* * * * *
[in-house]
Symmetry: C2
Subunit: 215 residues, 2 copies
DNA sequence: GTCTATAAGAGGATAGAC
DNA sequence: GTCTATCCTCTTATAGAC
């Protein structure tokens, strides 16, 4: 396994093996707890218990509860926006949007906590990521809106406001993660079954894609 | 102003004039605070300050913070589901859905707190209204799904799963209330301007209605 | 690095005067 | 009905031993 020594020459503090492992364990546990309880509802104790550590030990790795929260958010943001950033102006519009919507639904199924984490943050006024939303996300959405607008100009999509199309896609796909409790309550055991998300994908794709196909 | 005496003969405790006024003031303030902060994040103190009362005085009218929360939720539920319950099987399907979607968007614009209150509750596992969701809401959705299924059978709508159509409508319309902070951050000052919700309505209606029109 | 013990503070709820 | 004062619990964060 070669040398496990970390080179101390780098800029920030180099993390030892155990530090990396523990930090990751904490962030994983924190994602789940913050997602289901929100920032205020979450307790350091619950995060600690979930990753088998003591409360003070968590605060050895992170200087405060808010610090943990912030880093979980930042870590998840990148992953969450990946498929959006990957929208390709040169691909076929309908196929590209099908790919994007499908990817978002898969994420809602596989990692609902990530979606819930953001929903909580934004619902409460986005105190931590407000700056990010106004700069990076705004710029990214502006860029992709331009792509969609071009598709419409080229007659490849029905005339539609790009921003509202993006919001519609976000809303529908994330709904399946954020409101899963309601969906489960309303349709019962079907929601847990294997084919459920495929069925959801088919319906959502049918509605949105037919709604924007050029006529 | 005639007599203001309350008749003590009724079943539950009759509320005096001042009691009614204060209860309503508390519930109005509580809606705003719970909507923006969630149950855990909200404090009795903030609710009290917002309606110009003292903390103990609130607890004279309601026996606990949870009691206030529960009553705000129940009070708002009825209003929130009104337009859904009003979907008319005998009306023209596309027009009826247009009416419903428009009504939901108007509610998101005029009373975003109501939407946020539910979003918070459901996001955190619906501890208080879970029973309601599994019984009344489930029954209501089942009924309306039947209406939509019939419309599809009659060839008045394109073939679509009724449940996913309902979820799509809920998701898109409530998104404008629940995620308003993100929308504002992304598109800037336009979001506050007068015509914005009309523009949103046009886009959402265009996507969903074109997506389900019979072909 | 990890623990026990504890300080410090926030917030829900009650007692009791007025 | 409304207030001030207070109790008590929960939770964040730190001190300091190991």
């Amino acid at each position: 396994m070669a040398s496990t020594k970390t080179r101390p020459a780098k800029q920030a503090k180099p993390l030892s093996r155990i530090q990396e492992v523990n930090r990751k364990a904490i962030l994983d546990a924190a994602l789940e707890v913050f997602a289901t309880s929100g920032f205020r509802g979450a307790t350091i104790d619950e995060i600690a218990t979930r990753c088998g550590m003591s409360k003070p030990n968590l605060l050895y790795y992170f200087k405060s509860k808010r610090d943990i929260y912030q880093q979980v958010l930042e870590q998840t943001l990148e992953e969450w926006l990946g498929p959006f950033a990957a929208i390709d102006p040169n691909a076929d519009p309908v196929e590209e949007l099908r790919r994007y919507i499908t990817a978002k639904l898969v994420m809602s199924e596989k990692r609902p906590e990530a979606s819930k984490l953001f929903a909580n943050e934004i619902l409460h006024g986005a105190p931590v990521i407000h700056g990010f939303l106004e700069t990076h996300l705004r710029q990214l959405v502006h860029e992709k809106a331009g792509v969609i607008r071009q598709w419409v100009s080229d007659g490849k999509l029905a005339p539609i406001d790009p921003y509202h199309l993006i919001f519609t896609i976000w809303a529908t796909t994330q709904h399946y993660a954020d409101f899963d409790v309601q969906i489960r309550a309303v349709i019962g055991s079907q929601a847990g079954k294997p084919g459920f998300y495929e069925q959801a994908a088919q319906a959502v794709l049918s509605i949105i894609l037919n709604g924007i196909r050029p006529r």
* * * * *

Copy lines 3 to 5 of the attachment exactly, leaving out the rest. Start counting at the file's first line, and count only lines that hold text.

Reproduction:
Subunit: 215 residues, 2 copies
DNA sequence: GTCTATAAGAGGATAGAC
DNA sequence: GTCTATCCTCTTATAGAC